We’re thrilled to announce the artist selections for 2020! Since 2016, our Every Part Matters mural project has brought beautiful art to our store exteriors and helped Indiana artists grow . Every Part Matters is part of our Growing People through Work initiative, a corporate commitment to building up our employees and the communities where they live and work. The murals are presented in partnership with the Arts Council of Indianapolis.
In 2019, the Jiffy Lube of Indiana mural project received the Americans for the Arts’ National Arts and Business Partnership Award. “It is an exciting time to be part of a project like this,” says Steve Sanner, owner of Jiffy Lube of Indiana. “It’s positively impacting our business, but more than that, it is improving our communities and inspiring our people.”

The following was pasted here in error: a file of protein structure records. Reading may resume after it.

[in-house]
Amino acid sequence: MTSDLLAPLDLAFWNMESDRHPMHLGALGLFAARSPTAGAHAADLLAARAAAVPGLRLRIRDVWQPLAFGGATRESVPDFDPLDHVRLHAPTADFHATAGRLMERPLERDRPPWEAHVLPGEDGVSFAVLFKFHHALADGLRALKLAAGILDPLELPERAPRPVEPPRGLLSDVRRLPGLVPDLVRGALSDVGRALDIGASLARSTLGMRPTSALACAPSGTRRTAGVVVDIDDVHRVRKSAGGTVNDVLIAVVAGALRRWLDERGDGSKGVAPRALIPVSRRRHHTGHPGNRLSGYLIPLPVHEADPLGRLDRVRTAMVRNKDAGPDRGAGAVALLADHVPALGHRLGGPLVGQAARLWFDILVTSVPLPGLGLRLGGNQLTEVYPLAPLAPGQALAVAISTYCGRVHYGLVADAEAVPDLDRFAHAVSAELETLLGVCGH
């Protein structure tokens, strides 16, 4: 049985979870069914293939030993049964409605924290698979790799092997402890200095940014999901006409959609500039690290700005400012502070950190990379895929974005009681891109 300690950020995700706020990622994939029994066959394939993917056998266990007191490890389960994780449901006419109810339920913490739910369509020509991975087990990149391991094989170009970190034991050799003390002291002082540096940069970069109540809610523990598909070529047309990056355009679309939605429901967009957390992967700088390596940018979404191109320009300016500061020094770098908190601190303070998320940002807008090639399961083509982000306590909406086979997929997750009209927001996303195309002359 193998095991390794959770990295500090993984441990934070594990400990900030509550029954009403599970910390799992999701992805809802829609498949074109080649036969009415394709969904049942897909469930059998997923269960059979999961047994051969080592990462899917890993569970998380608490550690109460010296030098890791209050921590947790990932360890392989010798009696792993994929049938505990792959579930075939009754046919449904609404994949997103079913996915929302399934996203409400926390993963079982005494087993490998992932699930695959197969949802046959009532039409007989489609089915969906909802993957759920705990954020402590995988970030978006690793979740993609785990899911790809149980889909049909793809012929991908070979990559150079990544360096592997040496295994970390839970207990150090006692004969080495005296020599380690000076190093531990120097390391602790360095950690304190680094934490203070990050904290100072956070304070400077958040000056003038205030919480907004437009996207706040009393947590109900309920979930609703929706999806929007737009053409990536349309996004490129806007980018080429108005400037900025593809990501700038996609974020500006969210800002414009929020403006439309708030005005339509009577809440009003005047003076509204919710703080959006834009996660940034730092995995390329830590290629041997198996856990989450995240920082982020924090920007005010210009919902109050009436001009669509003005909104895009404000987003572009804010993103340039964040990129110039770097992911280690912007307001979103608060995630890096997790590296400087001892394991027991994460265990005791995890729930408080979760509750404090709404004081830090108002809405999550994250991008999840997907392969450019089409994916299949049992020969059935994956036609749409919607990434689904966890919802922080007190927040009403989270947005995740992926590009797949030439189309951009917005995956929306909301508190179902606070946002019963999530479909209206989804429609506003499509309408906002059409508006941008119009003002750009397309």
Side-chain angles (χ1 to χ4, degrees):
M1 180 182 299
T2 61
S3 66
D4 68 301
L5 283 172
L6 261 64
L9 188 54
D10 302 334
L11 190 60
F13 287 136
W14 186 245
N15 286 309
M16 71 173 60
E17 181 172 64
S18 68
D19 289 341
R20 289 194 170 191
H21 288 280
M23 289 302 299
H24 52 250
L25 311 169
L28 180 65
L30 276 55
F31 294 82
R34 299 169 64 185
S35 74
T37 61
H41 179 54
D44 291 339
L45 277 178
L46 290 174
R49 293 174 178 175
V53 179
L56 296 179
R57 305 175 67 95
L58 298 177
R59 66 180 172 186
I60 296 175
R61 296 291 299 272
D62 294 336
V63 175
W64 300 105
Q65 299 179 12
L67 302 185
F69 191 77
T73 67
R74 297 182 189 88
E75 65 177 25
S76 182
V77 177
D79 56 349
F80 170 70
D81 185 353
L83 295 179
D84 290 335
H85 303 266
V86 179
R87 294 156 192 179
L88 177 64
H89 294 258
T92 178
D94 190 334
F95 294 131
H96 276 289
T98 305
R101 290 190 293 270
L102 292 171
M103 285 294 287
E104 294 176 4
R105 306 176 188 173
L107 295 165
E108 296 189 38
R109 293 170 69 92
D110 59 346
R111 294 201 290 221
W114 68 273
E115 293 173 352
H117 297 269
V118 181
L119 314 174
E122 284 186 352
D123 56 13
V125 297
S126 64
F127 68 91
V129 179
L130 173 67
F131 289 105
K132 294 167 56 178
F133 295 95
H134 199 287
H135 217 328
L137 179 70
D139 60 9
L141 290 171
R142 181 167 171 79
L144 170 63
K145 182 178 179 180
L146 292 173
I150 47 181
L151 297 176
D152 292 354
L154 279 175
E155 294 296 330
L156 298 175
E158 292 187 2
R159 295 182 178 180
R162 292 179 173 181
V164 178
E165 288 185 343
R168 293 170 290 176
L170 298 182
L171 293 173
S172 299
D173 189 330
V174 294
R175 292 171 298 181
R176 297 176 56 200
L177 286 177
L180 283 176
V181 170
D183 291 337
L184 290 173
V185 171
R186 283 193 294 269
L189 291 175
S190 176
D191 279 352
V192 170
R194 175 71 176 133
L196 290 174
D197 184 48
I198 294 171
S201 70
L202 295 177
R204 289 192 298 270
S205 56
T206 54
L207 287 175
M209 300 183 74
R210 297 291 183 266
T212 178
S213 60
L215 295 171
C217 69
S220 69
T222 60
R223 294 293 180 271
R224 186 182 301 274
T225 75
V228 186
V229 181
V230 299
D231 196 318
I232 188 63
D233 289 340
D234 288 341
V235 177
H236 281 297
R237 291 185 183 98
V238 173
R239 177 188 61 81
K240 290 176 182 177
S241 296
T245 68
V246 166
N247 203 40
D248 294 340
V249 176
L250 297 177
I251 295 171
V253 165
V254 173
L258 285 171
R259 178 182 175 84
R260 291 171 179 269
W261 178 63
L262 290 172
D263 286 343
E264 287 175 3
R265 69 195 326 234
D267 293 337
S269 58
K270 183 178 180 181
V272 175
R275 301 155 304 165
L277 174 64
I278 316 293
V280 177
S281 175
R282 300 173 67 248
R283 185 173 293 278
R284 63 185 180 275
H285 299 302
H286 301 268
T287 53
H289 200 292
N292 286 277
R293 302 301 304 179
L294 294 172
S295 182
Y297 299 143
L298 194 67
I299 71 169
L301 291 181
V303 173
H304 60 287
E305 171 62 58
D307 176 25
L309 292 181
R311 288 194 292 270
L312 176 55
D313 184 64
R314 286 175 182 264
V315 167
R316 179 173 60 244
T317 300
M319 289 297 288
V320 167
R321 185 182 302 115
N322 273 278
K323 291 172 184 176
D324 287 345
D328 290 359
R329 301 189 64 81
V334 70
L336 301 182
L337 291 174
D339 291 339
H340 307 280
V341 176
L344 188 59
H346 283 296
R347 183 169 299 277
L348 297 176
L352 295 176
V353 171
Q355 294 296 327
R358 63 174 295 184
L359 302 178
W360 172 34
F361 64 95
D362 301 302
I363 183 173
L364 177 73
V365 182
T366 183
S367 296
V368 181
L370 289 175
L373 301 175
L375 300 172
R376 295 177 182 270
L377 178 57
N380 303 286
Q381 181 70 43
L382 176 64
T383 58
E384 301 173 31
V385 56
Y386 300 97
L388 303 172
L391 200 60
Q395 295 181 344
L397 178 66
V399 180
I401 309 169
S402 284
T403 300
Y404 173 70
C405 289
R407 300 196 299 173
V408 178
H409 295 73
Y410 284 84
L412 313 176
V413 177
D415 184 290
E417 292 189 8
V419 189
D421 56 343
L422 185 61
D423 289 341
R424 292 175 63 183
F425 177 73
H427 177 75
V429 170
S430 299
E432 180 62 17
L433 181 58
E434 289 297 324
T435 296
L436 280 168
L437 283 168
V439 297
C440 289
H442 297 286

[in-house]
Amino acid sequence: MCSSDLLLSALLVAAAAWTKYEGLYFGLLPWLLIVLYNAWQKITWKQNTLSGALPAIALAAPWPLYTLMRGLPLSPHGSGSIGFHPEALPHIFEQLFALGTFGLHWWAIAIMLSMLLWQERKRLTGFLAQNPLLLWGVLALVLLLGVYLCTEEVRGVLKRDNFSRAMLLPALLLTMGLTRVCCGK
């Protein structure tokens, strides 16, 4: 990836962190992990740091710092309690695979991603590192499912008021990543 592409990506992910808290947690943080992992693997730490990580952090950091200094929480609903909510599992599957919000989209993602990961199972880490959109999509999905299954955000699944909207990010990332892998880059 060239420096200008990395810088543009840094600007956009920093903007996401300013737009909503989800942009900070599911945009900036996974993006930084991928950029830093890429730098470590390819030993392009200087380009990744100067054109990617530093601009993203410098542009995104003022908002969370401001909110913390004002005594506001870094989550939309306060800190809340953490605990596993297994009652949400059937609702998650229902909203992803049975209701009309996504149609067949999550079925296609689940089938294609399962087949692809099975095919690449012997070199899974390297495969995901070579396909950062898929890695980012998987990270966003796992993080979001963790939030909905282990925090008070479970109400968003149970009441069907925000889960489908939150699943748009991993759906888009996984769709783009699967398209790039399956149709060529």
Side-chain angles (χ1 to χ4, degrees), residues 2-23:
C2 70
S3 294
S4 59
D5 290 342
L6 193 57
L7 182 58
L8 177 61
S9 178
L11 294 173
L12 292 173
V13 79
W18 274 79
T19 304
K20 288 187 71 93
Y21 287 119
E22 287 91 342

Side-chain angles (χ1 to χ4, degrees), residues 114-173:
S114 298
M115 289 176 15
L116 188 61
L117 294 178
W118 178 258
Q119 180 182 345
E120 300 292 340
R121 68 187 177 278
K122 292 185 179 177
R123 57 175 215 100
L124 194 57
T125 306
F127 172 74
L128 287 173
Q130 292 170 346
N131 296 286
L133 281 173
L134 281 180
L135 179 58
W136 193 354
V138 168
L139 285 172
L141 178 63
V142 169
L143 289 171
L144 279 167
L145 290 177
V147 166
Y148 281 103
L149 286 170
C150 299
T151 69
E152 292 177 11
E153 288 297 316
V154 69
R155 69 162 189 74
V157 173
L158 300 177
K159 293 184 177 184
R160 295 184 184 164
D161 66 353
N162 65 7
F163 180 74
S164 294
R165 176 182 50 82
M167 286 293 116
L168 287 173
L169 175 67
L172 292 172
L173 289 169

Joy Hernandez has exhibited her work all over Indianapolis, including at the Harrison Center, the Arts Council’s Gallery 924, in the Flava Fresh exhibition series, and at the Kurt Vonnegut Museum and Library. Her signature clean, graphic look with bright colors, smooth lines, and even tonal blends translates well to murals, which she completes on her own and with the Kewanee-based Walldogs mural collective. Recently her “Bean the Astronaut” character has graced spaces all over the city: the theme of space exploration expresses hope and looking towards the promise of the future, and the character is engaged in actions that are playful and relatable. In addition to being a practicing artist and a co-founder of Full Circle Nine Gallery in Indianapolis, she is a video photographer and editor for WISH-TV and a frequent correspondent for WFYI’s local arts and culture spotlight program, Curious Mix.